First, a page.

Try telling him a story you've heard—say, about how he supposedly watched a Utah practice in the fall of 1965 and then used the Runnin' Utes' fast break to subdue them in the semifinals of the NCAA tournament the following spring, thus earning the right to play Kentucky—and he'll correct you, sharpen the tale: "We were playing Utah in football, so I went up to Salt Lake. [Utes basketball coach] Jack Gardner ran a five-on-two fast break drill that I saw backward. I made it a defensive drill, with two guys getting back to stop a break. It's a drill we still do darn near every day in practice. Remember, I played for the finest defensive coach who ever walked."
Stories have their use. They are deflective. They lead the listener to something else, someone else, somewhere else, sometime else. Say, 1949. Mr. Iba. Stillwater, Okla. An A&M practice. "Back then it wasn't supposed to be fun, see," Haskins will say. "Over Christmas break he'd have us go nine to noon, two to five and seven to 10. And seven to 10 would be three one-hour scrimmages. No water. No sitting. One night by the end the skin on the ball of my foot had come off. School president was at that practice, and he asked me if I was tired when I came off the floor.
" 'No, sir,' I told him.
" 'Sure shouldn't be,' he says back.' 'Cause you haven't done a damn thing all day.' "
Thus he weaves more diverting scenes on the tapestry of his basketball life, so many distracting stitches that you can scarcely make out the fundamental fibers. That's the thing about sitting at Haskins's knee, which is to say at his jowls and torso and hands: You've come to Rome to hear Caesar on Caesar. But Caesar wants to play Gibbon, so you get story after story about Rome in which Caesar figures only glancingly. "Funny, he holds Iba in such regard, to such legendary status," says Majerus. "Now he's there himself, and he doesn't realize it. If he wasn't in our league and in our time zone, he'd have been in the Hall of Fame 20 years ago."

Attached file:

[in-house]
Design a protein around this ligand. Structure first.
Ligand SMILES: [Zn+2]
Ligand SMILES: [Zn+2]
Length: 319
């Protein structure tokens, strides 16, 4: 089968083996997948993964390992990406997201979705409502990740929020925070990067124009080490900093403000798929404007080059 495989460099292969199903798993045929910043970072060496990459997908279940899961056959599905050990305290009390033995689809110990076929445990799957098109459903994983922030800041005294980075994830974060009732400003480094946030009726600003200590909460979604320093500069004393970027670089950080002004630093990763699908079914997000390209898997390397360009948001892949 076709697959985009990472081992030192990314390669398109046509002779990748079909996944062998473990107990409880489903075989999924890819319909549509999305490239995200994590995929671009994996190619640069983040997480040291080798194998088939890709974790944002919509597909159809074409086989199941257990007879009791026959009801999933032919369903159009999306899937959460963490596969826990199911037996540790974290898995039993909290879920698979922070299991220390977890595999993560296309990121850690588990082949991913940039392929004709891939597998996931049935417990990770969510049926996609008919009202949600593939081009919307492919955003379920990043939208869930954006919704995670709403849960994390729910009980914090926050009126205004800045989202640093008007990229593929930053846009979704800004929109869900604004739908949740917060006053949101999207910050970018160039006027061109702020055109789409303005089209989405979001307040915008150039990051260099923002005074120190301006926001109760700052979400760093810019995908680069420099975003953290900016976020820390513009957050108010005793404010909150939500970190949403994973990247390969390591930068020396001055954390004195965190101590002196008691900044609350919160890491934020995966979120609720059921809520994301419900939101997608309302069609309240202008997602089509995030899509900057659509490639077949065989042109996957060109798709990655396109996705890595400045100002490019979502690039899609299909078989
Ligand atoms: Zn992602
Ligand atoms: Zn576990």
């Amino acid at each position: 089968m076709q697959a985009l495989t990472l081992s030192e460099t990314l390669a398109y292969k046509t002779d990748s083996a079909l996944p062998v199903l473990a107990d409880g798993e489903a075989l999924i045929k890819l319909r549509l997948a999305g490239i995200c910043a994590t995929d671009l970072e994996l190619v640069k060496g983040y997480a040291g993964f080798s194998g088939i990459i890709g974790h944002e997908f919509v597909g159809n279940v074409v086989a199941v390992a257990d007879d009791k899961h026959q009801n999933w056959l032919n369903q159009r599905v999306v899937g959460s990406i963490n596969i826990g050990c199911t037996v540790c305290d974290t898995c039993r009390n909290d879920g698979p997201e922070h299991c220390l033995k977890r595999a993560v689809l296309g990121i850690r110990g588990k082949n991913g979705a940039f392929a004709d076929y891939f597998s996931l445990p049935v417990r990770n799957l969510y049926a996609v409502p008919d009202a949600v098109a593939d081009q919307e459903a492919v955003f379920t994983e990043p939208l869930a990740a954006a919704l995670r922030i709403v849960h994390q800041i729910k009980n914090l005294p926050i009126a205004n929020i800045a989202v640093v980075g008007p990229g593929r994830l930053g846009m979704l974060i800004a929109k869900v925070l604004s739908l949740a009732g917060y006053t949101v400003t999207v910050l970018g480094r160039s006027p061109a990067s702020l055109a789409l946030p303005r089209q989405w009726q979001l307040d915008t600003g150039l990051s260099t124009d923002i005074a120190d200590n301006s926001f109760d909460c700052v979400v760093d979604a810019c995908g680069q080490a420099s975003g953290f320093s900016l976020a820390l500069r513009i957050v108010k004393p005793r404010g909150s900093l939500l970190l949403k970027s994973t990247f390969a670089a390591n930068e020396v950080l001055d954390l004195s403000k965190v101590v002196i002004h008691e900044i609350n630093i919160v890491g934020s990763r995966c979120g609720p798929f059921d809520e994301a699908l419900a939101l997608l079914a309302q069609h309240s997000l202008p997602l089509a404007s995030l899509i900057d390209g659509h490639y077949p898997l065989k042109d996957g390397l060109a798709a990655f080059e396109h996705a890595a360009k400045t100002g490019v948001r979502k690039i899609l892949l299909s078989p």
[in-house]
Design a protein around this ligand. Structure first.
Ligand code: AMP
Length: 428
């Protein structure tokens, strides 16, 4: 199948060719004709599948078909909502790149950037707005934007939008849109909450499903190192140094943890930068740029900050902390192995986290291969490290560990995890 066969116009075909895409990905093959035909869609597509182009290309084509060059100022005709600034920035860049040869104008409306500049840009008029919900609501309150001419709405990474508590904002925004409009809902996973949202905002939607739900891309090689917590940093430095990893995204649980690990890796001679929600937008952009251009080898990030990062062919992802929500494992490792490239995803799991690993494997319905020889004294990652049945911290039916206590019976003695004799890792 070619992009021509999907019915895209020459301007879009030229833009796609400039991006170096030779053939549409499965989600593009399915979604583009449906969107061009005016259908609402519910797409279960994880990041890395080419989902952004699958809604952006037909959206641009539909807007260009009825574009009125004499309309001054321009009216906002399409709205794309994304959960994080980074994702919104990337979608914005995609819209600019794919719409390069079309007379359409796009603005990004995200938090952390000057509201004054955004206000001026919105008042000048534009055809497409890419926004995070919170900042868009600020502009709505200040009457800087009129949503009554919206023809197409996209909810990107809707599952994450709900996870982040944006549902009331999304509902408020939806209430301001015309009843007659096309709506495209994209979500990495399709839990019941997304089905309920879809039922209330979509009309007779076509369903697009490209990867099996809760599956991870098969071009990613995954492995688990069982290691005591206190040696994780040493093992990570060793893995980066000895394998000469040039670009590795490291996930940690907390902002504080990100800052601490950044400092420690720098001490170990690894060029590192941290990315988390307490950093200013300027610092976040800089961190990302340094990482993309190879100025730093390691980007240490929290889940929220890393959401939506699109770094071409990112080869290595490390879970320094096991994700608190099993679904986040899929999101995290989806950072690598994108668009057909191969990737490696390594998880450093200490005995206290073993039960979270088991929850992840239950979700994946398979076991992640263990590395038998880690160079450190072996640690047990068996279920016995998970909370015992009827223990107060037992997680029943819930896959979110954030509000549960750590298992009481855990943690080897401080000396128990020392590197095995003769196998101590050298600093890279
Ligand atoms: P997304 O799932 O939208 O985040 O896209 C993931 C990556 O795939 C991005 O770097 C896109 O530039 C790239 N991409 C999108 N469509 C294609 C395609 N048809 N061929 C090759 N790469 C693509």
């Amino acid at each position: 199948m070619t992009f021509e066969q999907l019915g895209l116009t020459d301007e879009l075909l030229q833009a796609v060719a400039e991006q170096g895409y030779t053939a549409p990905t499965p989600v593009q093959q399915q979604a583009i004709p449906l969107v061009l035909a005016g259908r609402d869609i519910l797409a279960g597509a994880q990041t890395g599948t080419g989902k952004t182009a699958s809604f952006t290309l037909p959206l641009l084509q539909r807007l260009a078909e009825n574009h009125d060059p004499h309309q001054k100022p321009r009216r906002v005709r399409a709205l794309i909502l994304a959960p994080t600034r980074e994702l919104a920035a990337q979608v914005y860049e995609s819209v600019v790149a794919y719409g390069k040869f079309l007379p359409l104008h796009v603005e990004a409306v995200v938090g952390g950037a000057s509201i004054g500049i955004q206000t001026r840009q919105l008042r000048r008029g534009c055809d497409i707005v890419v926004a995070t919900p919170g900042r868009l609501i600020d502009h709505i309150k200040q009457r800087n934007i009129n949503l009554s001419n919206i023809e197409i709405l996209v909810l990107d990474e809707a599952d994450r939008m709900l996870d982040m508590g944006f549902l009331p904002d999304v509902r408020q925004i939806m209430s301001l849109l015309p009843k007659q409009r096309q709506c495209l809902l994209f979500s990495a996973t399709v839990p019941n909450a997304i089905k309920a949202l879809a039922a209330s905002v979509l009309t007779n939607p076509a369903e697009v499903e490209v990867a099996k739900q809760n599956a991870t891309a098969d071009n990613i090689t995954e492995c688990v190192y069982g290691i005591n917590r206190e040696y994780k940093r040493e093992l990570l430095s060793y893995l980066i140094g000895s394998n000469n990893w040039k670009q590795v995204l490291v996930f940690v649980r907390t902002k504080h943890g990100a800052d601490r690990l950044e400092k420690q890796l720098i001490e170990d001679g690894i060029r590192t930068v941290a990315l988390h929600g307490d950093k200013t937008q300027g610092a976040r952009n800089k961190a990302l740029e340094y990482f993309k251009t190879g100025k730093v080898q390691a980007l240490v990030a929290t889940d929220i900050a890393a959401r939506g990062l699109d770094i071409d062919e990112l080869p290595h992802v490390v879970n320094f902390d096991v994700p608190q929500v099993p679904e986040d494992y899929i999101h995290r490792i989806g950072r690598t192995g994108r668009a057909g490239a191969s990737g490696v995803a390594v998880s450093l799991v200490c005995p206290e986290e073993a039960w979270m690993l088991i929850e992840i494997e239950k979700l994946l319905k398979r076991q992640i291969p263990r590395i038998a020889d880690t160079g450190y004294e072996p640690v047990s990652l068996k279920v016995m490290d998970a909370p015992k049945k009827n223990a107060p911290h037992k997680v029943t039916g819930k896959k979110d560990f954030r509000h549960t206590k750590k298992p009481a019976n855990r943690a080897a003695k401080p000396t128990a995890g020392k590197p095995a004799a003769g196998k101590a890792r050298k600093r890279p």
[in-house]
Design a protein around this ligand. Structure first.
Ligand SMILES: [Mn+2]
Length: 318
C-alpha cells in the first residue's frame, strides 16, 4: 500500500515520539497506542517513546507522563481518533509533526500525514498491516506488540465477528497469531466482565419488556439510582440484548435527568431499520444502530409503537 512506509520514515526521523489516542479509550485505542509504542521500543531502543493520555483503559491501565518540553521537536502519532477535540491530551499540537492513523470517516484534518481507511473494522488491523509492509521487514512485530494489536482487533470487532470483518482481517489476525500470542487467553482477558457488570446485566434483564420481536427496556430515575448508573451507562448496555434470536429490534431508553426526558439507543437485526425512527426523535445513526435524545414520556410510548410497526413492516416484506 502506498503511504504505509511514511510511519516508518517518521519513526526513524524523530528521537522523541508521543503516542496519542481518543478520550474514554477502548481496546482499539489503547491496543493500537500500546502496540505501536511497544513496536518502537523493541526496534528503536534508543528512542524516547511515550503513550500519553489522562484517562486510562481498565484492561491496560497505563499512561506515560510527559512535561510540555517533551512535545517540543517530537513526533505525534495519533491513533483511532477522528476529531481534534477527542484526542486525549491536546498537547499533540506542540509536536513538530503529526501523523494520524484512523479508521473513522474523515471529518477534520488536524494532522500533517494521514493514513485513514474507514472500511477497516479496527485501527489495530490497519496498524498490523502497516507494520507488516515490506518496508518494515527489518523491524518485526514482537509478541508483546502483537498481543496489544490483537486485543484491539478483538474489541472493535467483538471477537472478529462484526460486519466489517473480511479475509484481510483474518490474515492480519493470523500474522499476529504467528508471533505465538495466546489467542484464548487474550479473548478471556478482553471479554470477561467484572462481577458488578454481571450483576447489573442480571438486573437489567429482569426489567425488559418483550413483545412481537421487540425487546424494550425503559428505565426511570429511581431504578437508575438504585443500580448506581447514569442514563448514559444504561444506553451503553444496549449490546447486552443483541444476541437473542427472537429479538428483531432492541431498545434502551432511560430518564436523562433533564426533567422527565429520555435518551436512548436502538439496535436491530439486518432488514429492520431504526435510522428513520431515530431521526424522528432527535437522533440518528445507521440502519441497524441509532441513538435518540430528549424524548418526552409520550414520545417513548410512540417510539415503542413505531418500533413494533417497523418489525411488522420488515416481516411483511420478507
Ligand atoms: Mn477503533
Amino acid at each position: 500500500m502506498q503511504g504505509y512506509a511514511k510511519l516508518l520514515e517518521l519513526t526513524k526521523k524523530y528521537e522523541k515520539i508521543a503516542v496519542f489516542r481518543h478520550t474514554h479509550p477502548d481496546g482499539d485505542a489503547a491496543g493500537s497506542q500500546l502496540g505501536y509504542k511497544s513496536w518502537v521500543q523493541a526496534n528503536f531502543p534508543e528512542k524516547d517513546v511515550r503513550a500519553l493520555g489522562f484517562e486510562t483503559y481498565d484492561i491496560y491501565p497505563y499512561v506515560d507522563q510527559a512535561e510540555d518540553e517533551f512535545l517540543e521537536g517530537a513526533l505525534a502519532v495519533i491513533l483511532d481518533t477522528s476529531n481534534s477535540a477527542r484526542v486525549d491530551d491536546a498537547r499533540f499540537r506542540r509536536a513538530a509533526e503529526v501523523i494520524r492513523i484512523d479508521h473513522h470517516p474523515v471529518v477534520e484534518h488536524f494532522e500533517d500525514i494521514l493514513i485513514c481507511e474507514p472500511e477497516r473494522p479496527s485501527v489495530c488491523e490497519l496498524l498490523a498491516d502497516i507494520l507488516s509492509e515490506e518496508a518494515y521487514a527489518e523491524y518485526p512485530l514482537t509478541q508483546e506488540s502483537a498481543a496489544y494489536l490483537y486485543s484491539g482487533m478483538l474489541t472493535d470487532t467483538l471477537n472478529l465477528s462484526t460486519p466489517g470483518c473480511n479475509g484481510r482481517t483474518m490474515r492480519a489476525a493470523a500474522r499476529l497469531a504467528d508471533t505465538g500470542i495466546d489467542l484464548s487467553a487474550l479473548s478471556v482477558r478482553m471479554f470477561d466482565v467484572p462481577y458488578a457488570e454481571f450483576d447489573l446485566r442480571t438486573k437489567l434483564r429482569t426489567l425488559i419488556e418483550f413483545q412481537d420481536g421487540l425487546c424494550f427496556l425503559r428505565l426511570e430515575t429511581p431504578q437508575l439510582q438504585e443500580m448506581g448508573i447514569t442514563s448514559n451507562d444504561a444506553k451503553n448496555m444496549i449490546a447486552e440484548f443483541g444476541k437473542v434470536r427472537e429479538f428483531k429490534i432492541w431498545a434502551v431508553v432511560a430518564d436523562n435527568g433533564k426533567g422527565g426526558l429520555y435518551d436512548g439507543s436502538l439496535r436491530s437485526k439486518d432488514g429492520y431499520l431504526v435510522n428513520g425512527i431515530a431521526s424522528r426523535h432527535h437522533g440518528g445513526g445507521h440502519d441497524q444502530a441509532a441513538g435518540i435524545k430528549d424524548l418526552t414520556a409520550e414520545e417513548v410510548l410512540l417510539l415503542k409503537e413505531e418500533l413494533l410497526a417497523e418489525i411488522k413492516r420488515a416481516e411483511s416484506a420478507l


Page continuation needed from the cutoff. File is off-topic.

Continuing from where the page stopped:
Arkansas coach Nolan Richardson starred on Haskins's first Texas Western team in 1961-62, and it pains him to watch his old coach in his dotage. "I don't know all the things happening there, because he's not one to complain," Richardson says, "but you can look at him and tell. The way he's going out, it's the s—-tiest way I know."
Today Haskins is the Bear, but Iba called the kid from Enid something much less magisterial: Rope, for his slender form and the coif surmounting it that seemed to be made of coir. In 1955, three years out of A&M, Haskins alighted at the high school in Benjamin, a town of about 250 in the Cedar Breaks country of west Texas. "I went into coaching because I didn't know how to do anything else," he says. "Being some guy in Peoria at a desk, punching a time clock—I knew I didn't want to do that. It was like I'd grabbed a lifeline and pulled myself out of the water."
It scarcely mattered that terra firma was strewn with tumble-weed. Don and his bride, Mary, pulled up in front of what was to be their new home to find a rattlesnake coiled on the porch. It was in Benjamin that Haskins learned to call coyotes. "Government trapper taught me," he says. "You get hid, see, and then you take a duck call apart so you got an open flute, and you blow on it to make it sound like a rabbit squealin'. Bobcats, hawks, coyotes—all sorts of varmints appear.
"Didn't like to shoot 'em much. Just call 'em. Gotta do something in those little towns I coached in."
After stopovers at high schools in the Texas outposts of Hedley and Dumas, he arrived in El Paso. It wasn't inertia that kept him there for 38 years so much as a preference for the familiar, for relating to people one-to-one, which indicates a strain of shyness. Haskins prepares his team as well as any coach for the big game, yet public ceremony paralyzes him. "My grandkids are enjoying me being nervous," he told the crowd at the dinner prior to his enshrinement in the Hall of Fame. "They get to eat my steak." Several days before that, at the dedication of the Don Haskins Center, Mary turned to embrace him in front of more than 12,000 people. He didn't much more than shake her hand.